Family Law Blog

Will Adultery Affect Spousal Support in California?

Friday, May 18, 2018

There are many preconceived notions about divorce that we often learn from TV and other media. One of those notions is that if you cheat on your spouse, you are going to pay for it in the divorce. However, while this may be true in some states, it is not necessarily true in California.

California, like many states, is a no-fault state when it comes to divorce. This means that nobody is to blame for the divorce no matter what their actions were. What they did will not affect the granting of the divorce or how much you get for it.

However, while a judge cannot take adultery or other bad behavior into consideration when it comes to whether or not to award spousal support, they will look at your financial situation. As an example, let us say that a husband and wife are divorcing because of adultery. The husband actually earns much less than his wife, which makes him eligible for earning spousal support. However, the husband was adulterous and before divorce litigation is over, he moves in with his new mistress. This act will cost him heavily, not because of his sleazy behavior, but because his financial circumstances have changed.

Spousal support is meant to very literally "support" your "spouse" after a divorce. If the husband in the above example earned less but was now supported by his mistress, he may now not be able to collect spousal support because he doesn't actually need any support.

This means if you are considering a divorce in California, the judge might not really care if your spouse cheated on you. However, they will care about the state of everyone's finances. In adultery cases, judges will also highly scrutinize a couple's finances to see if they discover one party is already in another relationship. Often, they suspect that finances may have been moved, hidden, or given as expensive gifts to a new paramour. If you are going through a divorce and need help, contact us today.

What Conditions Allow for Termination of Spousal Support?

Thursday, January 25, 2018

Spousal support was designed and put in place to help half of a divorcing couple get back on their feet after a separation. In many marriages, there is one spouse who earns more and one who earns less for a variety of reasons. Perhaps one spouse decided to stay home and care for the children, leaving them without income and work experience in the event of a divorce. However, spousal support is not forever. It has the ability to be modified and even terminated. However, what are the conditions for termination when it comes to spousal support?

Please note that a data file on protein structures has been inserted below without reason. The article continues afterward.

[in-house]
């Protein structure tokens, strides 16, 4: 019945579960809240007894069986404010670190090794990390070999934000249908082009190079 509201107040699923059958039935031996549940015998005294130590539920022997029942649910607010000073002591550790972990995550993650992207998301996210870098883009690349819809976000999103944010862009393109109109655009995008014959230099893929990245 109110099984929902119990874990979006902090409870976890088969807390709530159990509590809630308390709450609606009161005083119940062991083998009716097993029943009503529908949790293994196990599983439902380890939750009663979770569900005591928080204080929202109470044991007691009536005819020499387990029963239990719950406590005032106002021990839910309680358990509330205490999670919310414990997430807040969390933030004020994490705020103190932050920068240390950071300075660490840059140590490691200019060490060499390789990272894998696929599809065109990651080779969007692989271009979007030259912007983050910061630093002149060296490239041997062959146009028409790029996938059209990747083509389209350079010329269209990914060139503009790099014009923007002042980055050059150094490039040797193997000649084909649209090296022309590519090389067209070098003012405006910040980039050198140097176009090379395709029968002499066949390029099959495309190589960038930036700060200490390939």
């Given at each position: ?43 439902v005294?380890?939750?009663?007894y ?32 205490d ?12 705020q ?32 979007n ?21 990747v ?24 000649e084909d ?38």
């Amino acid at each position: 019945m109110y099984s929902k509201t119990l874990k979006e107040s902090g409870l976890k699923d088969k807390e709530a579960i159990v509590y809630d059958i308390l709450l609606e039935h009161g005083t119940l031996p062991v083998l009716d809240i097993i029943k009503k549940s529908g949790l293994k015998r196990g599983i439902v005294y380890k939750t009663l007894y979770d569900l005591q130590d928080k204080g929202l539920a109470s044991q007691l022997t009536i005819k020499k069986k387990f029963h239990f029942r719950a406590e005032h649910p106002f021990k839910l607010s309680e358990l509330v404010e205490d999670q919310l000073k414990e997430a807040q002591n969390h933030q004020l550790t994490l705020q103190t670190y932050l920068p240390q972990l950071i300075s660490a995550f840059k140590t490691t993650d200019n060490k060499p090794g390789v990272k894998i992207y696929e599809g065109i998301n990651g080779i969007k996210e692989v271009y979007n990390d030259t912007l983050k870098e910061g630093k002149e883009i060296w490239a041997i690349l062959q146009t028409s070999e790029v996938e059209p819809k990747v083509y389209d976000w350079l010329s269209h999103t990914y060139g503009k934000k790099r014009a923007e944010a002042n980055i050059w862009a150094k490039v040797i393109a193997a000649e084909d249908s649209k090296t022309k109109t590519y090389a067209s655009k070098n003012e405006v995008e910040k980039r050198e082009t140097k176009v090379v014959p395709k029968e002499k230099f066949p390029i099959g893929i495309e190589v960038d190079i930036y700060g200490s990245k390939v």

Spousal support termination can be achieved through a variety of different conditions. These conditions include:

  • Self-Sufficiency Through Employment - Once the spouse receiving spousal support payments has obtained a job that allows them to be self-supporting, it can be petitioned by the courts to terminate or otherwise modify spousal support. However, even if a spouse is employed doesn't mean they are receiving enough to support themselves fully.
  • Getting Re-Married - Getting re-married is automatic ground for termination when it comes to spousal support. However, never try to game the system by putting off marriage. Courts will agree to termination if you are simply cohabitating with a romantic partner as well.
  • Retirement - If the paying party is ready to retire, they can request that spousal support be terminated or reduced in order to match their lower retirement income. However, the paying party must be retirement age or otherwise unable to work. They cannot retire early for the purpose of eliminating spousal support payments.

If you are seeking to modify spousal support payments or are getting divorced and want spousal support on the table, contact us today. Let the Law Office of Jamra & Jamra help get you the results you desire.

Spouse is Employed, But No Spousal Support is Being Paid

Tuesday, January 16, 2018

After a divorce, spousal support is put in place to help you restart your life. However, while there are exceptions made for spouses that lost their jobs for reasons beyond their control, if your spouse is employed, they should be paying. Perhaps you gave them a little leeway in terms of payment, but what do you do after a few reminders haven't manifested in payment?

 If spousal support payment is not being made, your only most effective option is to return to court, but even then receiving payment is not a guarantee. While your spouse may be employed, sometimes the court will state that they do not have the funds to adhere to their spousal support payment, particularly if there is a substantial amount past due. However, a judge may initiate any of the following to see that payment is followed through.

  • Wage garnishment
  • Offsets of tax returns
  • Garnishment of retirement accounts
  • Spousal support reduced to a money judgment
  • Suspension of passport, driver's license, or professional license until payment is made

If your ex-spouse has the funds in order to be paying their spousal support, all of the above will be used by the court to make sure they pay you what is due. If they have been consciously withholding payment while also having the means to pay it, you may also receive past due payments to help make you whole.

If you are getting divorced or have an ex-spouse that is not making spousal support payments on time, contact us today. Let the Law Firm of Jamra & Jamra help make sure you get the spousal support that you need so you can get back on your feet after a divorce.